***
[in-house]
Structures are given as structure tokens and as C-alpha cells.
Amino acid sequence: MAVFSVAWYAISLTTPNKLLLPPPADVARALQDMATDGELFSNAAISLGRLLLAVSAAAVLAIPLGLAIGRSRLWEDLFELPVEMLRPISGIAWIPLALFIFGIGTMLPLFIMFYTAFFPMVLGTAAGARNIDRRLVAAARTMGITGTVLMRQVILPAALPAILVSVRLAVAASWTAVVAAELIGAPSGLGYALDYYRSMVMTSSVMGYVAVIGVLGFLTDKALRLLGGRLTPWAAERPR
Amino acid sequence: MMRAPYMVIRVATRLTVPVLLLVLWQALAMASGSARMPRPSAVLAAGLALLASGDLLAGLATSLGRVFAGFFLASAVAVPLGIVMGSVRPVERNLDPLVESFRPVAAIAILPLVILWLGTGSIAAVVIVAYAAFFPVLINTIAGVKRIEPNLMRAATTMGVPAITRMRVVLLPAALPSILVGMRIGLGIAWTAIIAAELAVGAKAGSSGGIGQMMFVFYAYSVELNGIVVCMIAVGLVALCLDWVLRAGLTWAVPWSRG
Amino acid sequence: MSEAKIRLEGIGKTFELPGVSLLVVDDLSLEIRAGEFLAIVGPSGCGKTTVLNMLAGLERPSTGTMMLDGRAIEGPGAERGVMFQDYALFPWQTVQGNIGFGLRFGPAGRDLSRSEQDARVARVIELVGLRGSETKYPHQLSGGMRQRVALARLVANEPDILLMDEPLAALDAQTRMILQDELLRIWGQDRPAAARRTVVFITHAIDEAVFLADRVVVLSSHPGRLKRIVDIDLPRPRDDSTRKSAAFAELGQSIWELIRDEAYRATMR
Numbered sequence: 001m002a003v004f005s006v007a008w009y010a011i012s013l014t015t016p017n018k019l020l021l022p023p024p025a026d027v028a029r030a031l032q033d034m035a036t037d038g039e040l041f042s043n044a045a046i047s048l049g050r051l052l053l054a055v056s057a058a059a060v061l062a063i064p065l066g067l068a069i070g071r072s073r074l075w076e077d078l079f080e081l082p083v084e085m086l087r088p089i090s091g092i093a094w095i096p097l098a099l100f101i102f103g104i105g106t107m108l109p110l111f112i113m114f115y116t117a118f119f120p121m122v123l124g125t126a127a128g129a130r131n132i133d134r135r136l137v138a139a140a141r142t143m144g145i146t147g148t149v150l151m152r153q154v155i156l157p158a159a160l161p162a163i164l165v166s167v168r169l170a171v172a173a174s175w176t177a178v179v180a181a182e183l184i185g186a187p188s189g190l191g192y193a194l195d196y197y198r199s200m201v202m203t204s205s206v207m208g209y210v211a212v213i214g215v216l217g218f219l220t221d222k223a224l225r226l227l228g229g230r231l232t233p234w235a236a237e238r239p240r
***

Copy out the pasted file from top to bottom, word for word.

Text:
[in-house]
Structures are given as structure tokens and as C-alpha cells.
Amino acid sequence: MAVFSVAWYAISLTTPNKLLLPPPADVARALQDMATDGELFSNAAISLGRLLLAVSAAAVLAIPLGLAIGRSRLWEDLFELPVEMLRPISGIAWIPLALFIFGIGTMLPLFIMFYTAFFPMVLGTAAGARNIDRRLVAAARTMGITGTVLMRQVILPAALPAILVSVRLAVAASWTAVVAAELIGAPSGLGYALDYYRSMVMTSSVMGYVAVIGVLGFLTDKALRLLGGRLTPWAAERPR
Amino acid sequence: MMRAPYMVIRVATRLTVPVLLLVLWQALAMASGSARMPRPSAVLAAGLALLASGDLLAGLATSLGRVFAGFFLASAVAVPLGIVMGSVRPVERNLDPLVESFRPVAAIAILPLVILWLGTGSIAAVVIVAYAAFFPVLINTIAGVKRIEPNLMRAATTMGVPAITRMRVVLLPAALPSILVGMRIGLGIAWTAIIAAELAVGAKAGSSGGIGQMMFVFYAYSVELNGIVVCMIAVGLVALCLDWVLRAGLTWAVPWSRG
Amino acid sequence: MSEAKIRLEGIGKTFELPGVSLLVVDDLSLEIRAGEFLAIVGPSGCGKTTVLNMLAGLERPSTGTMMLDGRAIEGPGAERGVMFQDYALFPWQTVQGNIGFGLRFGPAGRDLSRSEQDARVARVIELVGLRGSETKYPHQLSGGMRQRVALARLVANEPDILLMDEPLAALDAQTRMILQDELLRIWGQDRPAAARRTVVFITHAIDEAVFLADRVVVLSSHPGRLKRIVDIDLPRPRDDSTRKSAAFAELGQSIWELIRDEAYRATMR
Numbered sequence: 001m002a003v004f005s006v007a008w009y010a011i012s013l014t015t016p017n018k019l020l021l022p023p024p025a026d027v028a029r030a031l032q033d034m035a036t037d038g039e040l041f042s043n044a045a046i047s048l049g050r051l052l053l054a055v056s057a058a059a060v061l062a063i064p065l066g067l068a069i070g071r072s073r074l075w076e077d078l079f080e081l082p083v084e085m086l087r088p089i090s091g092i093a094w095i096p097l098a099l100f101i102f103g104i105g106t107m108l109p110l111f112i113m114f115y116t117a118f119f120p121m122v123l124g125t126a127a128g129a130r131n132i133d134r135r136l137v138a139a140a141r142t143m144g145i146t147g148t149v150l151m152r153q154v155i156l157p158a159a160l161p162a163i164l165v166s167v168r169l170a171v172a173a174s175w176t177a178v179v180a181a182e183l184i185g186a187p188s189g190l191g192y193a194l195d196y197y198r199s200m201v202m203t204s205s206v207m208g209y210v211a212v213i214g215v216l217g218f219l220t221d222k223a224l225r226l227l228g229g230r231l232t233p234w235a236a237e238r239p240r